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Oral cancer cases on the rise

Often overshadowed by more high-profile cancers, oral cancer ranks as the sixth most common form of the disease globally, with cases in the UK more than doubling within the last generation.

After reading this feature, you should be able to: 

  • Understand the risk factors and major signs/symptoms of mouth cancer
  • Recognise the role that pharmacy teams can play in aiding the early detection of oral cancers in the community 
  • Provide customers with treatment and management advice for everyday oral health issues.

According to the latest figures, over 8,000 people are diagnosed with mouth cancer each year in the UK — equating to around one in every 50 cancer cases.1,2 

Figures compiled by the Oral Health Foundation show that the number of diagnosed cases of oral cancer in the UK has risen by 103 per cent over the past 20 years, with increases seen every consecutive year of the past decade.2,3

The soaring cases of mouth cancer highlight the critical need to raise awareness of this disease, says Dr Nigel Carter, chief executive of the Oral Health Foundation. “While many cancers are seeing a reduction in the number of people affected, mouth cancer is one of very few that is sadly going the other way.” 

Established risk factors like smoking and excessive alcohol have been joined by emerging causes like the human papillomavirus (HPV). This has changed the profile of the disease quite considerably over recent years – and mouth cancer can now affect anybody, says Dr Carter.

Spotting the danger signs

“One of the biggest challenges we face regarding mouth cancer is how little educational support it receives from Government and public health bodies…we will be working with thousands of organisations to improve awareness of the disease so that more people are able to recognise the early warning signs,” he says. 

As part of this national drive to improve mouth cancer detection and diagnosis, pharmacy teams can play an important role in picking up on potential danger signs. “Although dental professionals remain the front-line of oral healthcare provision, pharmacy teams can play a key supportive role in helping to spot signs and symptoms of potential mouth cancers in the community setting,” says Miranda Steeples, current president of the British Society of Dental Hygiene and Therapy, and a qualified dental hygienist and dental therapist working in general practice. “This role is particularly important given the number of people who are currently experiencing difficulty in accessing a NHS dentist.” 

The fact that nine in 10 cases of mouth cancer are completely curable with surgery if diagnosed early enough highlights the importance of efforts to expedite timely detection.1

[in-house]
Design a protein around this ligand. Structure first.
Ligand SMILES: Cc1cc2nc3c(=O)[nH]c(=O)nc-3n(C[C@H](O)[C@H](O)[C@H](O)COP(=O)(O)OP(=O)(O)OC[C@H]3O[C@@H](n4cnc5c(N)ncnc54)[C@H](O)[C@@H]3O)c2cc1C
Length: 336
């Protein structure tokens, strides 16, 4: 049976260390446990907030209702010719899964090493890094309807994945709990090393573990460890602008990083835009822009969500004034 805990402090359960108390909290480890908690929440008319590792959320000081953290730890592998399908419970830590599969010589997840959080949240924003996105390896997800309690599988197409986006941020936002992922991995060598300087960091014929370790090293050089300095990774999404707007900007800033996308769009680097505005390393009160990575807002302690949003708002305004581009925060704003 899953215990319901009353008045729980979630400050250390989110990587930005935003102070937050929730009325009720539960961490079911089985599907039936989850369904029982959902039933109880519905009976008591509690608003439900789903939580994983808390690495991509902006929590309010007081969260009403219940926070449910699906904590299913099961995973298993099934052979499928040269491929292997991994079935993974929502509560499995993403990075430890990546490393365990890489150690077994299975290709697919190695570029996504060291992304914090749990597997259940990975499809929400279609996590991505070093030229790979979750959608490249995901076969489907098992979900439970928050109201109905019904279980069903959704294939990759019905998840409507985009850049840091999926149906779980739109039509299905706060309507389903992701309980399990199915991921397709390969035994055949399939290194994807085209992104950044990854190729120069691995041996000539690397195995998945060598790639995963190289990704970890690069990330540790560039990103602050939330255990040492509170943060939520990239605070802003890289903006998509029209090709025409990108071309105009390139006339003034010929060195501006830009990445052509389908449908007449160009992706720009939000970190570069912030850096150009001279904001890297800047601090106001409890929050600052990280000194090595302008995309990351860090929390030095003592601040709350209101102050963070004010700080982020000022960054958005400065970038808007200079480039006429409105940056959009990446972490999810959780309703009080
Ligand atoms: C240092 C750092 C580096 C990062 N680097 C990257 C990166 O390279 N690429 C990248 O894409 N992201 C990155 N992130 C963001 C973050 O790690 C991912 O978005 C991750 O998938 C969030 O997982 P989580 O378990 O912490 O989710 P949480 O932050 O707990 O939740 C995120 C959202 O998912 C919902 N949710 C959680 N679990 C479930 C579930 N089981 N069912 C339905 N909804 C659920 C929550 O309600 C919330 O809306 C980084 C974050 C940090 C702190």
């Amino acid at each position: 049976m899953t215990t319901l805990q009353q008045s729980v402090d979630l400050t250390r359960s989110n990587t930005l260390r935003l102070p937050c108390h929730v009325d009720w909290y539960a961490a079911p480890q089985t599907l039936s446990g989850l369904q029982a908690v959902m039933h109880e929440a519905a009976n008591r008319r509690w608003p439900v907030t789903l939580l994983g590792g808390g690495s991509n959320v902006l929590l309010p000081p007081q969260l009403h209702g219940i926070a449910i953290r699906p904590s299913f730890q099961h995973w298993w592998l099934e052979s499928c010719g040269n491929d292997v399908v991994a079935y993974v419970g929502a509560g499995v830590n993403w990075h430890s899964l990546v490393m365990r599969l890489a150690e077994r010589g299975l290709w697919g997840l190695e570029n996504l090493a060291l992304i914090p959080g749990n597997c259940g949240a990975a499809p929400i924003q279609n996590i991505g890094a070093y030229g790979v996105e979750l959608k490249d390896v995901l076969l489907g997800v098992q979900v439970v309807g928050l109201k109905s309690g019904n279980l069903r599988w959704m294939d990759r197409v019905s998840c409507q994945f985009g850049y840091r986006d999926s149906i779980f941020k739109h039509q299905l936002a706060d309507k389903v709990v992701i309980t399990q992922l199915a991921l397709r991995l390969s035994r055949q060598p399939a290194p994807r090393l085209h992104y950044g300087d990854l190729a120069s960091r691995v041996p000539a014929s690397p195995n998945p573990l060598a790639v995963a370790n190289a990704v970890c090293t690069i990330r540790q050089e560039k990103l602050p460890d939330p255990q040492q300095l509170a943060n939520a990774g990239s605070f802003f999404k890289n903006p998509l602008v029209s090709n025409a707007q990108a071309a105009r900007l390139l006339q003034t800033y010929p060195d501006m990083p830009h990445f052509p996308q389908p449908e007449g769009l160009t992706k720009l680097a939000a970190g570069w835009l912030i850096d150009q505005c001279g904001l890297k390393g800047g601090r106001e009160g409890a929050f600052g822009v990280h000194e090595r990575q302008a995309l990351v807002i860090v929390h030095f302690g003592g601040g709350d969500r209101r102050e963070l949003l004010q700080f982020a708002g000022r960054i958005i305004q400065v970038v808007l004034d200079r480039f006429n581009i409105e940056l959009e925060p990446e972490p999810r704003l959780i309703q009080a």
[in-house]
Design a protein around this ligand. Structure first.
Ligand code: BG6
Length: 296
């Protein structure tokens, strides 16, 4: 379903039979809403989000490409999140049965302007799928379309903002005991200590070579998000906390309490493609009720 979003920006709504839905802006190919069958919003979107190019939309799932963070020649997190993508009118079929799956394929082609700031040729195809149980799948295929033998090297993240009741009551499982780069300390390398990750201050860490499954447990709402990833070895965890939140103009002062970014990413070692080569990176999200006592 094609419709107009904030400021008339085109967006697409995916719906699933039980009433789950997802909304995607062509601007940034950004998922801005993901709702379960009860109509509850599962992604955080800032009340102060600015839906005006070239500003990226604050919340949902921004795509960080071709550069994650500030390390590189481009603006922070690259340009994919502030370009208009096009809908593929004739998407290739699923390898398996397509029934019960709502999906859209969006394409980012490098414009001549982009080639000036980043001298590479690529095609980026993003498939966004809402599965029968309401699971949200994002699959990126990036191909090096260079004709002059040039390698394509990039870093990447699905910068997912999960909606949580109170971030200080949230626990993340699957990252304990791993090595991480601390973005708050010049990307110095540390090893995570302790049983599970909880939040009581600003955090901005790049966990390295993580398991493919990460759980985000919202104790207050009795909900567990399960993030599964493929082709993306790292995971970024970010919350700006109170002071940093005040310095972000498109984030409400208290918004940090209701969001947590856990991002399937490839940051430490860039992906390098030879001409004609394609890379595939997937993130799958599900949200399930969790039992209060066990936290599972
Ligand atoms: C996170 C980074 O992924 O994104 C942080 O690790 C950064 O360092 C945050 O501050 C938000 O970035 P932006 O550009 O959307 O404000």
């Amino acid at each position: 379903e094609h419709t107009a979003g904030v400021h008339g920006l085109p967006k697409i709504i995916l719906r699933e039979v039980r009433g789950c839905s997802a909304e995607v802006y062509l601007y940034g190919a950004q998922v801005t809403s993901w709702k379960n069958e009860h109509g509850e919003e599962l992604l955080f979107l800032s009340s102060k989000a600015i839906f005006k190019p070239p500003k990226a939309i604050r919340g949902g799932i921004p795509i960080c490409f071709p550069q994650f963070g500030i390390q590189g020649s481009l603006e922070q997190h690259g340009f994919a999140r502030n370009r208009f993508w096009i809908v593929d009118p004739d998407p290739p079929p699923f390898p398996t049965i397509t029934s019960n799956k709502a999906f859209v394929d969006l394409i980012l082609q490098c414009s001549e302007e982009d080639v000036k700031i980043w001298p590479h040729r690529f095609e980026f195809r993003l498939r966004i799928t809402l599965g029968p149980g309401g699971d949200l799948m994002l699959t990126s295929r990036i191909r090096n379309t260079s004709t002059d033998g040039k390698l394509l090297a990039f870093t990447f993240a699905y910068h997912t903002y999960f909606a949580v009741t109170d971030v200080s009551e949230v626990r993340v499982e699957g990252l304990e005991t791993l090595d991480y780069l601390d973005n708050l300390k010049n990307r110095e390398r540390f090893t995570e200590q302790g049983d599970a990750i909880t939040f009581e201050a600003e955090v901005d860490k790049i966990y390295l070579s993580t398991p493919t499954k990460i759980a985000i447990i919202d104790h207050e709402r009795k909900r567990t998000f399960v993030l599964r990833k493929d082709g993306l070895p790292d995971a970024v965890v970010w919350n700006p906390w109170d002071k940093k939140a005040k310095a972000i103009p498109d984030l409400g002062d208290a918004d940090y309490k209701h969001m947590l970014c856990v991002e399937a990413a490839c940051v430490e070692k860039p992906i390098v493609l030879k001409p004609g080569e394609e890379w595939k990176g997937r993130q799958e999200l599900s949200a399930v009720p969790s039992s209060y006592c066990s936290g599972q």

Spotting signs and symptoms

Oral cancers fall under the broader umbrella of head and neck cancers and may present in different ways and in different locations in the mouth. The most common places to be aware of are on the floor of the mouth, the lateral borders (sides) of the tongue and at the back of the mouth, “but that is not to say that lesions cannot be found anywhere else”, says Steeples. 

Oral cancers can also appear on the junction of the hard and soft palate, the cheeks, the tonsils at the back of the throat, and even outside on the lips. “Ulcers that take longer than three weeks to heal, and white, red or pinky speckled patches that may or may not look like an ulcer, or appear similar to a blood blister, should all be monitored carefully,” advises Steeples. “Anything that is ‘new to you’ is what I tell my patients,” she adds. 

Other signs and symptoms that may raise a red flag for potential oral cancer include unexplained loose teeth or sockets that fail to heal after extractions, numbness or unusual sensations affecting the lips or tongue, or pronounced changes in speech, such as a lisp. 

“The unusual patches that can indicate oral cancers are not always painful but if any ulcer or mouth abnormality does not resolve within three weeks, then the customer needs to see a dentist, dental hygienist or dental therapist, all of whom can make an appropriate onwards referral if needed,” advises Steeples. 

Recognising risk factors

Unsurprisingly, the two major risk factors for mouth cancer are tobacco and alcohol. Estimates suggest that around 25 per cent of cases of oral cancer in the UK are caused directly by smoking and 35 per cent are attributable to excess alcohol intake.4 

“It is well known that those who use tobacco, either in cigarette form, or by chewing it or using a shisha pipe, are all at heightened risk of oral cancers and tooth loss,” says Miranda Steeples. “Excessive alcohol consumption, especially at the same time as tobacco, can lead to a 30-fold increased risk of mouth cancer.

“Some brief advice around reducing the amount and frequency of alcohol consumption, plus referral to alcohol counselling services, alongside a recommendation to seek smoking cessation advice, or at least signposting for when the individual is ready, can be useful,” she suggests.

Another increasingly important risk factor for mouth cancer is infection with HPV, specifically the HPV16 variant, which can cause malignant changes in the mouth and throat. The link between HPV and oral cancer is particularly strong for oropharyngeal tumours. 

Other customers who may be at heightened risk of oral cancer include those with a family history in a close relative and people with a weakened immune system. 

Age also plays an important part in overall disease aetiology and consequently around two-thirds of mouth cancers develop in adults over the age of 55 years.1 Cases in younger adults are less common and usually linked to HPV infection. Men are affected more frequently than women but this is thought to be related to increased alcohol consumption rather than a gender-specific effect. 

Another important cohort of customers not to overlook are those who spend a large proportion of their time outside and may therefore be at increased risk for a cancer of the lip. “These are often people who ‘don’t sunbathe’ and so don’t perceive their daily dog walk or time in the garden as exposure to the sun,” explains Steeples. 

“They could be recommended to purchase a sun block of at least SPF30 for their lips. Someone coming in for travel advice, for example, or who is buying sunscreen for the rest of their body, should be encouraged to protect their lips as well.”